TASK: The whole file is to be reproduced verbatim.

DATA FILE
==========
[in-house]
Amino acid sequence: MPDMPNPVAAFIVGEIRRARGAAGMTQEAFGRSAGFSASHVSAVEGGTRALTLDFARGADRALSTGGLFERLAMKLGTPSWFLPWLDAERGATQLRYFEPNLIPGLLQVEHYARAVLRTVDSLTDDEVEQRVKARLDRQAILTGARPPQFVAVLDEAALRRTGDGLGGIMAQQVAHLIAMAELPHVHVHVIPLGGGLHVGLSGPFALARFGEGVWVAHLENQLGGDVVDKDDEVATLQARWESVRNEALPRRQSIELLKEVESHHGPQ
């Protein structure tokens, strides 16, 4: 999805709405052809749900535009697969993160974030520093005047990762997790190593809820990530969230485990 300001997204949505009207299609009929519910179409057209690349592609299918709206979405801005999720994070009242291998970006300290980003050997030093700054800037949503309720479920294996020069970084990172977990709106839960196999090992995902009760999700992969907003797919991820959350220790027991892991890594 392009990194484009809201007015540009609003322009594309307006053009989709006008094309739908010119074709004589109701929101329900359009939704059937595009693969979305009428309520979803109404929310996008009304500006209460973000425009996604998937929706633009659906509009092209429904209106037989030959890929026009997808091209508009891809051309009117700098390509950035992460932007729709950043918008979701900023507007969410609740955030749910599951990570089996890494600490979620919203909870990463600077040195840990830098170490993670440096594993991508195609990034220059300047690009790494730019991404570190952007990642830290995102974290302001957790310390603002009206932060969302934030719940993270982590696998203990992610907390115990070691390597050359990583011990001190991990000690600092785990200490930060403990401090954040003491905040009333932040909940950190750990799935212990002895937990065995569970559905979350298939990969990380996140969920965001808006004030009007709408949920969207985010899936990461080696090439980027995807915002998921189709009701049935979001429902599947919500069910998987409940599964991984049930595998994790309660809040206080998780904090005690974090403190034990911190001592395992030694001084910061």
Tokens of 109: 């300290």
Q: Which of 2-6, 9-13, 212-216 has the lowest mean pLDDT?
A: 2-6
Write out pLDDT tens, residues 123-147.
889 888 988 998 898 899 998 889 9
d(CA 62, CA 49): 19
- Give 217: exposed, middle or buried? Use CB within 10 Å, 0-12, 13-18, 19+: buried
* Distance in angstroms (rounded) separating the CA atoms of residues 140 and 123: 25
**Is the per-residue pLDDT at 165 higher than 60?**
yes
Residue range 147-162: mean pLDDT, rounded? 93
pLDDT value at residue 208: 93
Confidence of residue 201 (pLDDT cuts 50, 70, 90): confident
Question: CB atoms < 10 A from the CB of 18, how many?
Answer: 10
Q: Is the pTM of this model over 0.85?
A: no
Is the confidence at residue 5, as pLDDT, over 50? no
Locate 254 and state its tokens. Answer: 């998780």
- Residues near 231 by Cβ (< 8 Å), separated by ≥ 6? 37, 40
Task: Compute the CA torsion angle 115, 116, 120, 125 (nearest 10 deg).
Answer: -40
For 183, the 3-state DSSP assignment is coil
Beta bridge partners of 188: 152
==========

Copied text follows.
[in-house]
Amino acid sequence: MPDMPNPVAAFIVGEIRRARGAAGMTQEAFGRSAGFSASHVSAVEGGTRALTLDFARGADRALSTGGLFERLAMKLGTPSWFLPWLDAERGATQLRYFEPNLIPGLLQVEHYARAVLRTVDSLTDDEVEQRVKARLDRQAILTGARPPQFVAVLDEAALRRTGDGLGGIMAQQVAHLIAMAELPHVHVHVIPLGGGLHVGLSGPFALARFGEGVWVAHLENQLGGDVVDKDDEVATLQARWESVRNEALPRRQSIELLKEVESHHGPQ
């Protein structure tokens, strides 16, 4: 999805709405052809749900535009697969993160974030520093005047990762997790190593809820990530969230485990 300001997204949505009207299609009929519910179409057209690349592609299918709206979405801005999720994070009242291998970006300290980003050997030093700054800037949503309720479920294996020069970084990172977990709106839960196999090992995902009760999700992969907003797919991820959350220790027991892991890594 392009990194484009809201007015540009609003322009594309307006053009989709006008094309739908010119074709004589109701929101329900359009939704059937595009693969979305009428309520979803109404929310996008009304500006209460973000425009996604998937929706633009659906509009092209429904209106037989030959890929026009997808091209508009891809051309009117700098390509950035992460932007729709950043918008979701900023507007969410609740955030749910599951990570089996890494600490979620919203909870990463600077040195840990830098170490993670440096594993991508195609990034220059300047690009790494730019991404570190952007990642830290995102974290302001957790310390603002009206932060969302934030719940993270982590696998203990992610907390115990070691390597050359990583011990001190991990000690600092785990200490930060403990401090954040003491905040009333932040909940950190750990799935212990002895937990065995569970559905979350298939990969990380996140969920965001808006004030009007709408949920969207985010899936990461080696090439980027995807915002998921189709009701049935979001429902599947919500069910998987409940599964991984049930595998994790309660809040206080998780904090005690974090403190034990911190001592395992030694001084910061």
Tokens of 109: 């300290």
Q: Which of 2-6, 9-13, 212-216 has the lowest mean pLDDT?
A: 2-6
Write out pLDDT tens, residues 123-147.
889 888 988 998 898 899 998 889 9
d(CA 62, CA 49): 19
- Give 217: exposed, middle or buried? Use CB within 10 Å, 0-12, 13-18, 19+: buried
* Distance in angstroms (rounded) separating the CA atoms of residues 140 and 123: 25
**Is the per-residue pLDDT at 165 higher than 60?**
yes
Residue range 147-162: mean pLDDT, rounded? 93
pLDDT value at residue 208: 93
Confidence of residue 201 (pLDDT cuts 50, 70, 90): confident
Question: CB atoms < 10 A from the CB of 18, how many?
Answer: 10
Q: Is the pTM of this model over 0.85?
A: no
Is the confidence at residue 5, as pLDDT, over 50? no
Locate 254 and state its tokens. Answer: 């998780």
- Residues near 231 by Cβ (< 8 Å), separated by ≥ 6? 37, 40
Task: Compute the CA torsion angle 115, 116, 120, 125 (nearest 10 deg).
Answer: -40
For 183, the 3-state DSSP assignment is coil
Beta bridge partners of 188: 152